A set of economic policies put forward by US President Ronald Reagan during his presidency in the 1980s

Over 1.8 million professionals use CFI to learn accounting, financial analysis, modeling and more. Start with a free account to explore 20+ always-free courses and hundreds of finance templates and cheat sheets.

What is Reaganomics?

Reaganomics refers to economic policies put forward by US President Ronald Reagan during his presidency in the 1980s. The policies were introduced to fight a long period of slow economic growth, high unemployment, and high inflation that occurred under Presidents Gerald Ford and Jimmy Carter. Reaganomics was built upon four key concepts: (1) reduced government spending, (2) reduced taxes, (3) less regulation, and (4) slowdown of money supply growth to control inflation.


Background of Reaganomics

Ronald Reagan’s economic policies are based on supply-side economics, which is a macroeconomic theory that states economic growth can be created by reduced taxes and lower regulation. Reagan believed a tax cut would ultimately generate more revenue for the government.

The idea is that consumers will benefit from cheaper goods and services and unemployment will decrease. Tax cuts will put more money in the consumer’s wallet, which they spend, and this will stimulate business growth and lead to more hiring. The end result is a larger tax base, and thus more revenue for the government.

The policy is also called trickle-down economics as lower taxes on businesses and the wealthy will increase investments in the short term, and the benefits will trickle down to society as a whole.

Reagan’s policies were a drastic change from his predecessors such as Presidents Johnson and Nixon, who both looked to increase the government’s role in the economy. On the other hand, President Reagan promised to reduce the government’s role and adopt a more laissez-faire approach.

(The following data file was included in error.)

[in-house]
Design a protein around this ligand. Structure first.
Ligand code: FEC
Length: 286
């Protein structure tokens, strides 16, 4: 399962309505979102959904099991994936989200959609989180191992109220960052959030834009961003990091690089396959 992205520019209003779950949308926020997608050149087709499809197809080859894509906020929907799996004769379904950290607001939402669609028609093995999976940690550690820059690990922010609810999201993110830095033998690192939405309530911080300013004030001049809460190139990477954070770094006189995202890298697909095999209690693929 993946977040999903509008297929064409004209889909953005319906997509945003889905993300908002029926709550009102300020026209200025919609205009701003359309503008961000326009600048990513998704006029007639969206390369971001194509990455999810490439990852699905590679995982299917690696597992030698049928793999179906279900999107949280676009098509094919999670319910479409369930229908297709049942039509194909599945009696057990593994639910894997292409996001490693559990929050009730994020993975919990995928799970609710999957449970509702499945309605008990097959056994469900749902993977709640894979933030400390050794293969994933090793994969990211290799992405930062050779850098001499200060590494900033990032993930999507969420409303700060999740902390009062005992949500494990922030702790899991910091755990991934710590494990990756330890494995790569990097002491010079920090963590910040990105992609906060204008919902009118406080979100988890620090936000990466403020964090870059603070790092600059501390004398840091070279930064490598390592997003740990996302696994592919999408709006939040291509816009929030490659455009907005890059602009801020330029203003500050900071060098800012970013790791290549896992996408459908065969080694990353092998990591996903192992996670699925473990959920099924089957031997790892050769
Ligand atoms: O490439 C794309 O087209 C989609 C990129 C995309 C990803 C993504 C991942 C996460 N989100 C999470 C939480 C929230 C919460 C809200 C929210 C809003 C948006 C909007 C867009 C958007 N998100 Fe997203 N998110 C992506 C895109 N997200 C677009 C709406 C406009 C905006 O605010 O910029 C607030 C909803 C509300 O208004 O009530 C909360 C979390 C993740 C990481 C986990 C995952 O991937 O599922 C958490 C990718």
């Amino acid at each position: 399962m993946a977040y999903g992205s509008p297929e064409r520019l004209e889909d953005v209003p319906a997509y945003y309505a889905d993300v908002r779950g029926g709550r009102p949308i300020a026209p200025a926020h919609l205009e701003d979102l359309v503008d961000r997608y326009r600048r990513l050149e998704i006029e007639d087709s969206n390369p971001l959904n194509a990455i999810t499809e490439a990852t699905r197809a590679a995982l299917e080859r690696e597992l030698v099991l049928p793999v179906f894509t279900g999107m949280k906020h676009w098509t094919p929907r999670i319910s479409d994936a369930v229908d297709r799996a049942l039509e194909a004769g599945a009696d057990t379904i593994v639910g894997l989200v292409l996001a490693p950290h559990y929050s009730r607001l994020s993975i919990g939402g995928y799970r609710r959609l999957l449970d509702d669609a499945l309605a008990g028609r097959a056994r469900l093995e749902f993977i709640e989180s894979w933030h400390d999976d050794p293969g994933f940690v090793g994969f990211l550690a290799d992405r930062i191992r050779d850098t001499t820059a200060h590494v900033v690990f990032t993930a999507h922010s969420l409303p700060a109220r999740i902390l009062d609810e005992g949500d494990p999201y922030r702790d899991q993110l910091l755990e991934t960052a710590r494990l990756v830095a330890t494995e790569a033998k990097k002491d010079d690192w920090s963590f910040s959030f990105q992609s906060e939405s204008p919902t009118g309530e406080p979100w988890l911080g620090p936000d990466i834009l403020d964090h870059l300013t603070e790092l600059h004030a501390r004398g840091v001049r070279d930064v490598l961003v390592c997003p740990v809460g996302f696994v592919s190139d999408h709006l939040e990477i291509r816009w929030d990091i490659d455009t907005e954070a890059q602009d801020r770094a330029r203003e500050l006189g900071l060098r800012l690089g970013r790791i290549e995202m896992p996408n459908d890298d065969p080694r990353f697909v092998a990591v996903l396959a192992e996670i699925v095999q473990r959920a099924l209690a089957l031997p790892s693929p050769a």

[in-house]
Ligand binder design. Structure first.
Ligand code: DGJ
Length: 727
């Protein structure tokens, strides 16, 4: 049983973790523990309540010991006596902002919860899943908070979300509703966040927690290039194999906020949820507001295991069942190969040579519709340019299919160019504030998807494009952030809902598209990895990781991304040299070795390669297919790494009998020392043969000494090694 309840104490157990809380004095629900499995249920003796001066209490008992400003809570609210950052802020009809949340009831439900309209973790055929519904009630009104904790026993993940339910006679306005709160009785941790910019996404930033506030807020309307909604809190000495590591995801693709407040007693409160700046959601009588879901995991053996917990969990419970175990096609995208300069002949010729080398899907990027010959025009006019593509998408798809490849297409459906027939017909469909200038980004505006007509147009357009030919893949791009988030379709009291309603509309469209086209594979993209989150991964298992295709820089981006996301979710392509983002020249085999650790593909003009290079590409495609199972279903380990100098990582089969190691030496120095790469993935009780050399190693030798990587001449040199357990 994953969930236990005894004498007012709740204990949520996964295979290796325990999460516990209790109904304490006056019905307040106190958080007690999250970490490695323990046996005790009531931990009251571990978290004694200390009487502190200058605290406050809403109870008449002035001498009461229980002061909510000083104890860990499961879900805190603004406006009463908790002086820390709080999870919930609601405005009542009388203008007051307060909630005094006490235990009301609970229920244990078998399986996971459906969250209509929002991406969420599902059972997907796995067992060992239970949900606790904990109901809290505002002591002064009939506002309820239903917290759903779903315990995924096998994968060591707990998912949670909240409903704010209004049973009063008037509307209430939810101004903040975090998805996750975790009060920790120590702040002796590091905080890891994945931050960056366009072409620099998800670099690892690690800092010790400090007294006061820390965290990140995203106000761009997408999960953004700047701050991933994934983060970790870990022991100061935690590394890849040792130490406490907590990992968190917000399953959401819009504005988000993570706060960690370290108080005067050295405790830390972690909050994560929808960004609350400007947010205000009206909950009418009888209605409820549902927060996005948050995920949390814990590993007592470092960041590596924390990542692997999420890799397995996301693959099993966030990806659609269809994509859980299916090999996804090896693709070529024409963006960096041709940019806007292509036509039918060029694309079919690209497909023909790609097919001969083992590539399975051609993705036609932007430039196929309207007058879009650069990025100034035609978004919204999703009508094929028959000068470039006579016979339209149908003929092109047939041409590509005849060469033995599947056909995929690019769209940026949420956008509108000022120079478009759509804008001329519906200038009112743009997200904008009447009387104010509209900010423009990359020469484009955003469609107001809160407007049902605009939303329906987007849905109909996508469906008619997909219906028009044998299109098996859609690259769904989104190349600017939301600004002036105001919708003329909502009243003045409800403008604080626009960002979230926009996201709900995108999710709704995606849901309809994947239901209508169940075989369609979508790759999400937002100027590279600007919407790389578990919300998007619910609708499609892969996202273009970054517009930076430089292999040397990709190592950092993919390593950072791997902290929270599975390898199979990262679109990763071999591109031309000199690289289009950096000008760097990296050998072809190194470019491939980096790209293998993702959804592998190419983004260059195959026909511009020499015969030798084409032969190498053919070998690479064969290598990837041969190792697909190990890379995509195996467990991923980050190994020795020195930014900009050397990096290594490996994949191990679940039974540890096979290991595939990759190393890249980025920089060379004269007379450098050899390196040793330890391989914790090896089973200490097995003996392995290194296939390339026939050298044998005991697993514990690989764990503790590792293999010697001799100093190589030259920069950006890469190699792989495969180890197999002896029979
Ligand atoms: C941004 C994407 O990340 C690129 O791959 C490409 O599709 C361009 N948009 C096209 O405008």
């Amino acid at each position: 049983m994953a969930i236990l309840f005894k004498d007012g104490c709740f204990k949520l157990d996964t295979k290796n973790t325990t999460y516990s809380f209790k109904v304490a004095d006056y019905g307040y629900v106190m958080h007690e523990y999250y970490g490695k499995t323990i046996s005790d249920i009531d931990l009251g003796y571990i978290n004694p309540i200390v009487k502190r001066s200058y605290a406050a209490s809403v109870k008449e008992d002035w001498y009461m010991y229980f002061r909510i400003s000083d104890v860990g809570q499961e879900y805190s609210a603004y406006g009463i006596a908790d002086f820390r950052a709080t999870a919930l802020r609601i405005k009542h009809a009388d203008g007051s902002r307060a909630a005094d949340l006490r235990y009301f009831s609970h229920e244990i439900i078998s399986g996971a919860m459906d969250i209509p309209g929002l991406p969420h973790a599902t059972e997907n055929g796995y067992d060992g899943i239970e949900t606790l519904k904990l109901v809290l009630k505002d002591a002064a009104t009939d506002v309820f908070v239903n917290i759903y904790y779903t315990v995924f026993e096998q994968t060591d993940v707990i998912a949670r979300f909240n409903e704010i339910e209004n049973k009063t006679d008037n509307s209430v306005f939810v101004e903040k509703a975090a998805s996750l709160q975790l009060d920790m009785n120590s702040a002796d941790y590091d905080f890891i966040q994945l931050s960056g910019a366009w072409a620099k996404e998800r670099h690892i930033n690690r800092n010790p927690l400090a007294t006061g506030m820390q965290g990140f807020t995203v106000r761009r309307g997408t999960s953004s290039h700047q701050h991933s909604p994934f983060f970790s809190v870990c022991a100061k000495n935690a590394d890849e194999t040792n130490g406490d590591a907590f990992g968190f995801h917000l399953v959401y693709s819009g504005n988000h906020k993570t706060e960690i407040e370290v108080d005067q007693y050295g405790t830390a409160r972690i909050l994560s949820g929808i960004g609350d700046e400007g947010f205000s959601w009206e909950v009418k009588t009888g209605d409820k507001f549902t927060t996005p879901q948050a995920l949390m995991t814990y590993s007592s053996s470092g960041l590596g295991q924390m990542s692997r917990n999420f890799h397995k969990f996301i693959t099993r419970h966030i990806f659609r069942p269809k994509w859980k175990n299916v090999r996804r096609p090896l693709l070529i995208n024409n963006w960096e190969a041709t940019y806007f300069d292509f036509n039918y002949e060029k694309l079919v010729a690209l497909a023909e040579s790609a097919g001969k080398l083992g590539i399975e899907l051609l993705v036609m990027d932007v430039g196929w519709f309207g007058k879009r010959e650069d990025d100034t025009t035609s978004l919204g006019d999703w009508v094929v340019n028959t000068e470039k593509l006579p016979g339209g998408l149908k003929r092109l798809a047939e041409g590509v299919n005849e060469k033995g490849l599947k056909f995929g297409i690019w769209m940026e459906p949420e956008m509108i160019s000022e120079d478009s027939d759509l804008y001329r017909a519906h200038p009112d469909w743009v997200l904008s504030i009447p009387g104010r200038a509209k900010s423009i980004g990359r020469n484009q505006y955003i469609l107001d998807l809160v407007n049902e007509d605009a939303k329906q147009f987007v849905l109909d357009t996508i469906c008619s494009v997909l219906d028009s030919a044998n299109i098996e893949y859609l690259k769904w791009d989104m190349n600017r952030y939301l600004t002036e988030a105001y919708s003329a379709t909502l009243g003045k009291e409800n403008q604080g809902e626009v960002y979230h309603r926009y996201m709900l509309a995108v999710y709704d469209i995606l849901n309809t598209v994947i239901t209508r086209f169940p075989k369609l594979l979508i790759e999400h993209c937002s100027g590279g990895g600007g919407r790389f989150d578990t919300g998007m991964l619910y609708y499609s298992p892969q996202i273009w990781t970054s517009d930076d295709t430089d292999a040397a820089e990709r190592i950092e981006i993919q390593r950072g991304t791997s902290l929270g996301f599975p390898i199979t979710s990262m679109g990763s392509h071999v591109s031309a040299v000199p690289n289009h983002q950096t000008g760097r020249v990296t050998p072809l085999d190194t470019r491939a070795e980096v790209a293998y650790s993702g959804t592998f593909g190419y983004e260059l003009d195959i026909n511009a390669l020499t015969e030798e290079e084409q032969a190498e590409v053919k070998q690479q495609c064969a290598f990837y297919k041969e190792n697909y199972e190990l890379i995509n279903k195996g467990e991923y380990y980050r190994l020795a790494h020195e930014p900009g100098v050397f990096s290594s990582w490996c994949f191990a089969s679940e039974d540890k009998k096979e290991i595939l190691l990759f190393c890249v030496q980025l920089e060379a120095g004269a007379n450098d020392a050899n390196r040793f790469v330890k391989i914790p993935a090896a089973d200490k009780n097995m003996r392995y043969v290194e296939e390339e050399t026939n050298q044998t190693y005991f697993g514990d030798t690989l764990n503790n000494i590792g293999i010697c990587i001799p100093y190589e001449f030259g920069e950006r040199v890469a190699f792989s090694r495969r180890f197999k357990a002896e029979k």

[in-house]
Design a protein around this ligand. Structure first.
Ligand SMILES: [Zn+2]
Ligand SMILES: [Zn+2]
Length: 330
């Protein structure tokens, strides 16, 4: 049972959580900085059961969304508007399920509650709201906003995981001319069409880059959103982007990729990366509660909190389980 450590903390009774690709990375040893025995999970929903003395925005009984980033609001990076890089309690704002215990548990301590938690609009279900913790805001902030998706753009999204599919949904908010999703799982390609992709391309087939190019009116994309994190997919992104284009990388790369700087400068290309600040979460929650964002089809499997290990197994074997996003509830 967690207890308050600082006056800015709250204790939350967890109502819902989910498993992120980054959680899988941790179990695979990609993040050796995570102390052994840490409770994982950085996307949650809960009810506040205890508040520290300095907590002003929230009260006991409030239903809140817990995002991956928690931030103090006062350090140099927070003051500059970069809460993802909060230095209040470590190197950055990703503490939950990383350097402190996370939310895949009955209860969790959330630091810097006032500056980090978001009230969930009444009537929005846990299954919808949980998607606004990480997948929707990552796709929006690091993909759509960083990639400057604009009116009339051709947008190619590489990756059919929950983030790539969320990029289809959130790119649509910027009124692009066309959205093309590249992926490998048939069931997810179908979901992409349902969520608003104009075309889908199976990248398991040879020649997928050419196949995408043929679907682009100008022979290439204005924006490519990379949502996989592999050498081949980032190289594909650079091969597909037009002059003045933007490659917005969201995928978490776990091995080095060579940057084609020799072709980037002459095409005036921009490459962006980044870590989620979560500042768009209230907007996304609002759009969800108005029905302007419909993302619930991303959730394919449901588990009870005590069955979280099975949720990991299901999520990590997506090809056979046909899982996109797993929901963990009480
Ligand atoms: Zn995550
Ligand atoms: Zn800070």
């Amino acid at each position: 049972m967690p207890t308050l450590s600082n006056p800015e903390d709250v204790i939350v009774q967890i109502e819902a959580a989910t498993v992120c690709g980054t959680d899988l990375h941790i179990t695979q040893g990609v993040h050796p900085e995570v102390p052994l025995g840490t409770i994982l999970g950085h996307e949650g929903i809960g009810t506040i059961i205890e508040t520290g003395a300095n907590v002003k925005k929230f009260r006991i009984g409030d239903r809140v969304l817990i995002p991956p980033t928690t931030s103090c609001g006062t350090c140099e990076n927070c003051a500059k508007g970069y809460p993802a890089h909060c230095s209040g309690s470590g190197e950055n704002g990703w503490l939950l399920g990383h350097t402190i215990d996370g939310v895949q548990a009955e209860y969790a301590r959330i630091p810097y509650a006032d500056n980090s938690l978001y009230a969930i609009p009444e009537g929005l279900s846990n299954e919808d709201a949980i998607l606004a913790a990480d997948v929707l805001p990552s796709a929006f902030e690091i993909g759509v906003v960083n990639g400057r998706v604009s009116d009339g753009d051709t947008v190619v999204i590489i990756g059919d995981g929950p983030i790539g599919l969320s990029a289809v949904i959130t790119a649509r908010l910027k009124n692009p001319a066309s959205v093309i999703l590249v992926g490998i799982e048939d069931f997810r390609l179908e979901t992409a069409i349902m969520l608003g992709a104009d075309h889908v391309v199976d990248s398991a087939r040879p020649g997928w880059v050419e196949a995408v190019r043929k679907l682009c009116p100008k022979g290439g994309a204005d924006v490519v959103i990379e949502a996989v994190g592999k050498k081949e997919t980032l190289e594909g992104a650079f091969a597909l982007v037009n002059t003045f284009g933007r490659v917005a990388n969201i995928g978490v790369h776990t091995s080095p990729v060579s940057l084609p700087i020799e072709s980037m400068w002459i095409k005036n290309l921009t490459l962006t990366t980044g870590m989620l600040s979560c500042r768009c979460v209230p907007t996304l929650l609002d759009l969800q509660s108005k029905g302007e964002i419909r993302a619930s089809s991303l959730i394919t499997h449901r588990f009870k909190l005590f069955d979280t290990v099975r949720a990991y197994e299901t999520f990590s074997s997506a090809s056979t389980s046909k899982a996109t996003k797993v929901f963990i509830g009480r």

Implementation of Reaganomics

1. Reduced government spending

Government spending still grew but at a slower pace. Instead of funding domestic initiatives, Reaganomics focused on national defense, as Reagan believed the US was exposed to a “Window of Vulnerability” to the Soviet Union and their nuclear weapons.

2. Reduced taxes

The bulk of tax cuts were aimed at the top income earners. Reagan cut top bracket income taxes from 70% to 28%, and he indexed each tax bracket for inflation. However, the tax cuts were offset elsewhere by increases in social security payroll taxes and excise taxes. Reagan also cut corporate taxes from 48% to 34%.

3. Reduced regulation

Reagan eliminated the price controls on US oil and gas prices implemented by President Nixon. He also deregulated cable, long-distance telephone service, interstate bus service, and ocean shipping.

4. Slow down money growth to control inflation

A contractionary monetary policy was used to control inflation. In a contractionary policy, the central bank raises interest rates to make lending more expensive.

Results of Reaganomics

Economists still argue the results of Reaganomics until this day. Naysayers call it “voodoo economics” and supporters call it “free-market economics.” However, from the early ‘80s to the late ‘90s, the Dow Jones Industrial Average (DJIA) rose fourteen times, and forty million jobs were added to the economy.

Reaganomics did ignite one of the longest and strongest periods of economic growth in the US. The result of tax cuts depended on how fast the economy was growing at the time and how high taxes were before they were cut. Cutting taxes only increases government revenue up to a certain point. Once taxes get low enough, cutting taxes will decrease revenue instead.

Tax cuts were effective during President Reagan’s time because the highest tax rate was 70%. The effect would’ve been much weaker if the tax rate was less than 50% like it is in the present time.

The increase in interest rates initially pushed the economy into a recession as high interest rates caused demand for the US dollar to increase, thus increasing the value of the US currency. As the price of USD increased, exported goods became more expensive and imports increased. However, the economy did eventually become less volatile, and the economy entered into a period of strong growth.

Related Readings

CFI offers the Financial Modeling & Valuation Analyst (FMVA)® certification program for those looking to take their careers to the next level. To keep learning and advancing your career, the following CFI resources will be helpful:

0 search results for ‘